鋁廠老闆Mohammad Ayub Stanekzai承認他的工廠的確為當地人帶來不小困擾，但他別無選擇，「公營工業區沒有電力也沒有警衛。」他說。
阿富汗投資促進局區域辦事處主任Ghulam Nabi Rahmanzai說，賈拉拉巴德市東邊的Hesar Shahi工業園區已經完工，交通電力等基礎建設也已完成，而且有40個單位已經分配出去，「萬事俱備，只欠供電。」
賈拉拉巴德市西邊，Sheikh Misri工業區主任Mohammad Nabi也承認，工業區開發進度的確比預期的緩慢。受限於成本，道路、排水和電信等基礎設施皆難以順利設置，而且警方只願意派5位警力看守園區。
Nangarhar省長Gul Agha Sherzai的發言人Ahmad Zia Abdulzai也同意，電力是工業園區營運的最大障礙，「只要Hesar Shahi工業園區一有電力供應，我們就會立即派遣警衛駐守。」
45歲的Do Saraka社區居民Hazrat Mohammad指控，附近的大理石廠讓孩子的呼吸系統出了問題。「早上起床時，天上下的不是雨，而是粉塵。」已在另尋其他住處的他說，「外頭租金很高，但我已經下定決心帶家人離開這裡，就算睡帳篷我也甘願。」
From the outside, the building in the residential district of Jalalabad's Do Saraka area looks like any of the family homes nearby, with children playing in the street outside.
What distinguishes it from its neighbors is the constant din of noisy machinery running inside. For the last five years, this has been the site of an plant producing aluminium from scrap.
Residents of Jalalabad, a city in eastern Afghanistan, say heavy industrial units in their neighborhoods – others include marble and gravel works and a business making pressure cookers – makes their lives unbearable.
"I can't study at home because of the noise coming from the aluminum plant," said Zamir Danishmal, a student at Nangarhar University. "We can't rest in the day or at night. Our community leaders have complained to the authorities in Nangarhar several times, but no one listens to us."
While Jalalabad residents complain that their city is being polluted by some 130 unlicensed factories, owners say they have nowhere else to set up shop.
The authorities have established four industrial zones on the city outskirts, but industrialists say that there is no electricity or water, security is poor, the plots are costly, and in any case the sites are handed out to favored friends, not those who need them.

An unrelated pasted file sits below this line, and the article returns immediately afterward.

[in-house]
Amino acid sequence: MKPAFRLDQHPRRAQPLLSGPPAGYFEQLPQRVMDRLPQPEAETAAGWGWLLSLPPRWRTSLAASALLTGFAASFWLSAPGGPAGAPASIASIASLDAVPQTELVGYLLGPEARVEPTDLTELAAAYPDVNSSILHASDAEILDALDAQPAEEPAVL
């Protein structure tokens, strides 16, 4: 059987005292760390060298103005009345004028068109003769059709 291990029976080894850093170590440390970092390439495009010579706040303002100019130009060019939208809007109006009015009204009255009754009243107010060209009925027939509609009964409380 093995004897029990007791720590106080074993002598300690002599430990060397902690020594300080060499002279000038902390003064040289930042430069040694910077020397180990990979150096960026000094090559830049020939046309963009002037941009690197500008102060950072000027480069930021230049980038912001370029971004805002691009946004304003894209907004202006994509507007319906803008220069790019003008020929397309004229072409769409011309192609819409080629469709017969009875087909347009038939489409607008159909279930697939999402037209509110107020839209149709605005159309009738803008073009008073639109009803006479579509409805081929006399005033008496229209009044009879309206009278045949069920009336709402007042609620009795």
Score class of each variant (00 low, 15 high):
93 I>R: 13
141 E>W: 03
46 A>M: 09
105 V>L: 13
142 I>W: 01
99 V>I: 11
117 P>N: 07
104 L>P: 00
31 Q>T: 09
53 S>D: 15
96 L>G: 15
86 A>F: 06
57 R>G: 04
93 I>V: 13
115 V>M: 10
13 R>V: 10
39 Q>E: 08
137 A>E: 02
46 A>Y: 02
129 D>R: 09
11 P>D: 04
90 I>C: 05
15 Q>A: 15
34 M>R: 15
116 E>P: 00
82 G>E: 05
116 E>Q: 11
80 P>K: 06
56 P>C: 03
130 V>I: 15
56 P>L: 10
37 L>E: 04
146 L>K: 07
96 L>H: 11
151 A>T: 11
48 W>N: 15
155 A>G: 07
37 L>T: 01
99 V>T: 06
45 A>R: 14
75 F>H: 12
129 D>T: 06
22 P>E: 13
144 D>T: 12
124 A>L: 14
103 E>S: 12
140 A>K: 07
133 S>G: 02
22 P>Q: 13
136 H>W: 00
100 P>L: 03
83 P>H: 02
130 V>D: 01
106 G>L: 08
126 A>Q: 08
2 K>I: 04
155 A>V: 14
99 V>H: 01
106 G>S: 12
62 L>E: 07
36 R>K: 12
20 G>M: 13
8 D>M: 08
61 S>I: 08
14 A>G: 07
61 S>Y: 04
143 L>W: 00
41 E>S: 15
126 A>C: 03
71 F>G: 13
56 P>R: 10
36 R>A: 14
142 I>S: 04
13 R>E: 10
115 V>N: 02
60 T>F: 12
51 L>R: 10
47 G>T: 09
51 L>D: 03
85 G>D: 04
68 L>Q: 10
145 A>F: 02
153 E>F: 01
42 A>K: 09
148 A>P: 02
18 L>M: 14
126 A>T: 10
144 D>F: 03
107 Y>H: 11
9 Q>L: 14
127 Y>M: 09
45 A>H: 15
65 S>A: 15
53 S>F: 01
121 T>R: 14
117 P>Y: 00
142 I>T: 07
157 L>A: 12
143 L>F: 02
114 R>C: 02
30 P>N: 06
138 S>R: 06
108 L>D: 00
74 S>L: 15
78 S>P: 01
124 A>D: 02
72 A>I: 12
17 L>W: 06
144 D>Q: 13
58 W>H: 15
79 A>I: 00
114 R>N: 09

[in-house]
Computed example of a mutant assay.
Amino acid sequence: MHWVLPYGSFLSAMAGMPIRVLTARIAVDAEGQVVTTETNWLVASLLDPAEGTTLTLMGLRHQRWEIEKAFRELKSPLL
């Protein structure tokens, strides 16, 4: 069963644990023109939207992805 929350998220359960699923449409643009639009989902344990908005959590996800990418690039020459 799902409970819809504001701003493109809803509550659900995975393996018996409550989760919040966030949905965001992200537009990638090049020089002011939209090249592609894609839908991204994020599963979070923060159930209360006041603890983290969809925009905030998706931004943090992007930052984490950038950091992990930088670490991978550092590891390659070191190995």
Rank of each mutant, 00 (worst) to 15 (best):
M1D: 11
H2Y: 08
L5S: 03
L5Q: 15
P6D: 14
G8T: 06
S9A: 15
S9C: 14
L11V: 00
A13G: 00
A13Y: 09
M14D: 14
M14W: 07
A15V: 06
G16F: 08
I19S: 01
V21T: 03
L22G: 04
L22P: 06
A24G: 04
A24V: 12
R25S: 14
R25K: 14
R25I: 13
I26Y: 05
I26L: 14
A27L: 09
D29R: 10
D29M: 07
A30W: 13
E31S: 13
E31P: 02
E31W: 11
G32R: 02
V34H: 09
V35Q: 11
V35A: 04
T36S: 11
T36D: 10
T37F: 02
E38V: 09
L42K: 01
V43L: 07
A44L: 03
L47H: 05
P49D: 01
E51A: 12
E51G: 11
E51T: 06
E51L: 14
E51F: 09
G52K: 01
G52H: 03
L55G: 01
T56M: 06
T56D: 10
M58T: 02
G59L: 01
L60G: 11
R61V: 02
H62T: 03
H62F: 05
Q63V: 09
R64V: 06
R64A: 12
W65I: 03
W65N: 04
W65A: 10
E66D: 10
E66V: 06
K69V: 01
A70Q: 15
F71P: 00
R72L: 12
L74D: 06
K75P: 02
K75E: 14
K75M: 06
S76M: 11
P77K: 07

Mohammad Ayub Stanekzai, who owns the aluminum factory, acknowledged that his business is a nuisance for locals but claimed that he has no other choice.
"The government-run industrial zones have no electricity and no security," he said.
Raziq, an official from the district's environmental department, said that beyond monitoring the damage caused by unregistered industrial units, there is little his office could do about them.
"We understand that the industrial zones have no security and no power, so we can't stop factories from being set up in residential zones," he said.
The authorities claim the industrial parks are nearly ready for use.
Ghulam Nabi Rahmanzai, director of the regional office of the Afghanistan Investment Support Agency, said work on one park at Hesar Shahi, east of the city, is now complete, with the transport and power infrastructure in place and 40 plots already allocated.
All it needs is an actual electricity supply, he said.
Mohammad Nabi, director of another industrial park, at Sheikh Misri west of the city, admitted that progress has been slower than anticipated. Cost constraints have hampered the provision of roads, drainage and telecommunications, and the police have only agreed to assign five officers to guard the park.
However, it is electricity that is the crucial issue, he said.
"If power is laid on to the industrial parks, I am sure industrialists will be able to launch their businesses, and they can bring in their own security guards," he said.
Mohammad Nabi insisted that land is freely available to any industrialist who wants it.
Officials from the Breshna electricity company, which is supposed to be laying on power to the industrial parks, said they are not authorized to talk to the media.
Ahmad Zia Abdulzai, spokesman for Nangarhar Governor Gul Agha Sherzai, agreed that electricity is the biggest single obstacle to getting the industrial parks going.
"As soon as power is provided to the Hesar Shahi industrial park, we will be ready to provide security to protect it," he said.
Such promises provide little comfort to people in Jalalabad.
One resident of the Do Saraka neighborhood, Hazrat Mohammad, 45, said the pollution from a nearby marble factory is giving his children respiratory problems.
"When we get up in the morning, it's as if dust has been falling from the sky instead of rain," he said.
Now looking for a home elsewhere in the city to escape these conditions, he said, "Rents are high, but I've decided we have to leave this area, even if that means living in a tent."